Send in the poets. Send in the seducers. Vulnerable people, not invulnerable drones who can mistake a wedding party for a terrorist cell. When those mistakes are made, that is how ISIS is born. – Saul Williams
Saul Williams is a fiercely original, multitalented artist who burst on the scene as an actor and a slam poet in the 1998 film Slam, which won the Grand Jury prize at Sundance, and as a rapper/musician with the 2001 album Amethyst Rock Star, produced by Rick Rubin. He has since released four additional albums, five books of poetry, and starred in the Broadway musical Holler if You Hear Me, based on the life and poetry of rapper Tupac Shakur. His latest book of poetry, U.S.(a.) captures some of his thoughts on this country and this moment in history after four years of living abroad in Paris.
This week on Big Think's podcast Think Again, Saul and host Jason Gots respond to three surprise clips from the interview archives and go deep into everything from war to religion to whether Saul's art is "unpackageable". It's one of our most intense and engaging conversations yet.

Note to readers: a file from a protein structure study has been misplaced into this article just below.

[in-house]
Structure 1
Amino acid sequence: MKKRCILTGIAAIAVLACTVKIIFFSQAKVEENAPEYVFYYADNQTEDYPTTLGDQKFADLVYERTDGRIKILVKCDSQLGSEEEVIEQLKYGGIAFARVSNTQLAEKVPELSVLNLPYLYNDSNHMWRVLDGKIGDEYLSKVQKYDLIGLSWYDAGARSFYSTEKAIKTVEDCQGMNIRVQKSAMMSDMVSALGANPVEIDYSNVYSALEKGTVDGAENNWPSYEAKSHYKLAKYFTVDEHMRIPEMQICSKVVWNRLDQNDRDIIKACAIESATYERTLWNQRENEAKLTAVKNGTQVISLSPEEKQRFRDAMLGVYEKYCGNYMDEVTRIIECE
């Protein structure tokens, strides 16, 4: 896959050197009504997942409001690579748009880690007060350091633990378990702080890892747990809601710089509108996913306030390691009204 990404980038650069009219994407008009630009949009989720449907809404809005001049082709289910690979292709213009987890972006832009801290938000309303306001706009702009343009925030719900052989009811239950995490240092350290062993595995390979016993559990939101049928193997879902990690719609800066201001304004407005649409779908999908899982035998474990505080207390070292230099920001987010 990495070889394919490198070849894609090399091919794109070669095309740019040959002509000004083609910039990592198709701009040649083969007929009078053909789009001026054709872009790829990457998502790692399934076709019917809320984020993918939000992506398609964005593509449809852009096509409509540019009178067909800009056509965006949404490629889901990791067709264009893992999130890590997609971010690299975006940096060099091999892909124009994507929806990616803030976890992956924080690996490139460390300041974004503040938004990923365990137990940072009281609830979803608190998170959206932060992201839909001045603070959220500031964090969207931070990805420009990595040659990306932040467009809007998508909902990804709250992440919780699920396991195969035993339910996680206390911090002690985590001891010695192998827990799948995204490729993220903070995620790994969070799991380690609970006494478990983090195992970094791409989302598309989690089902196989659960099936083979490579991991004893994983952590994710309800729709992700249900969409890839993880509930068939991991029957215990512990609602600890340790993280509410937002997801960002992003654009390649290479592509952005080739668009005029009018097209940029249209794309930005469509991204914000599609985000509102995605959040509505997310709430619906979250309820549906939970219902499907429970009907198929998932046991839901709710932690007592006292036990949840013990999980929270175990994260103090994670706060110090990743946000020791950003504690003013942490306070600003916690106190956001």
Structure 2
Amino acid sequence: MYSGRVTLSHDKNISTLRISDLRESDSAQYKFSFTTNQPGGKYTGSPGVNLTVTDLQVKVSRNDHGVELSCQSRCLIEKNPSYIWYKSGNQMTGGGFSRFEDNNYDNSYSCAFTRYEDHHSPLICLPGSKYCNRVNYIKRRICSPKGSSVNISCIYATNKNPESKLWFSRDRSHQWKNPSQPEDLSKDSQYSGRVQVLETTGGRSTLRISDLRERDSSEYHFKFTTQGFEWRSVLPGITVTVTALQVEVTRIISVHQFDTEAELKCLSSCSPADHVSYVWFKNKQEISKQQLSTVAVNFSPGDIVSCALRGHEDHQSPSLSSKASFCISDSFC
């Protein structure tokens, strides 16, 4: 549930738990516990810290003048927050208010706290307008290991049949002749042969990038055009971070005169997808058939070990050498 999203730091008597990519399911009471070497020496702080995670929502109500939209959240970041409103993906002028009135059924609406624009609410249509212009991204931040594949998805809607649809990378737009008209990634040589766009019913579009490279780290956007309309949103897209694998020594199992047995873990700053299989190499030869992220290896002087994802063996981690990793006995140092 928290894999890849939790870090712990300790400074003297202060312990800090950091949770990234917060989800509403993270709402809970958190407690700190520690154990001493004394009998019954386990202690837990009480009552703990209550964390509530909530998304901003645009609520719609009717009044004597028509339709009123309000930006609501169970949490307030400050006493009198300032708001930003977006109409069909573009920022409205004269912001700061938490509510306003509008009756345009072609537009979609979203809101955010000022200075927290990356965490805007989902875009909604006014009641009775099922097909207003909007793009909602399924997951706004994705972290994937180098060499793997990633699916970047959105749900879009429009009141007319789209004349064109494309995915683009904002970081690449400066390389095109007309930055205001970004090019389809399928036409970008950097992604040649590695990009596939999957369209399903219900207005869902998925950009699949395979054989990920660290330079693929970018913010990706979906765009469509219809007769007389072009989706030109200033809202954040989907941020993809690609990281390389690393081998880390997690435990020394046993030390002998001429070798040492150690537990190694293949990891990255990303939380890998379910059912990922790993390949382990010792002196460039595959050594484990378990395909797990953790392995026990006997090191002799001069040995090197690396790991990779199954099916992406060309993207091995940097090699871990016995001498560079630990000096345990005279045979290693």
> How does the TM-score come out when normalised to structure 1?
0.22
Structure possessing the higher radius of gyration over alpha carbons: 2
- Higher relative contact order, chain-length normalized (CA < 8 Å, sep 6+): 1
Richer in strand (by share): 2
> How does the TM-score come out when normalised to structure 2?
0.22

Listen to the end for a special bonus –– "Horn of the Clock Bike", a track from Saul's upcoming 2016 album Martyr Loser King
It's been seven years since the start of the last bull market. Is it time for investors to adjust the equity portion of their retirement portfolios? Jane Hodges, freelance writer and frequent contributor to the Wall Street Journal, lays out four options for how much stock you might want to own in a retirement account.
Federal regulators are asking for more and more private data to help them better monitor markets, but can they keep it secure? The Wall Street Journal's Andrew Ackerman has the latest details, including what may change under a Trump administration.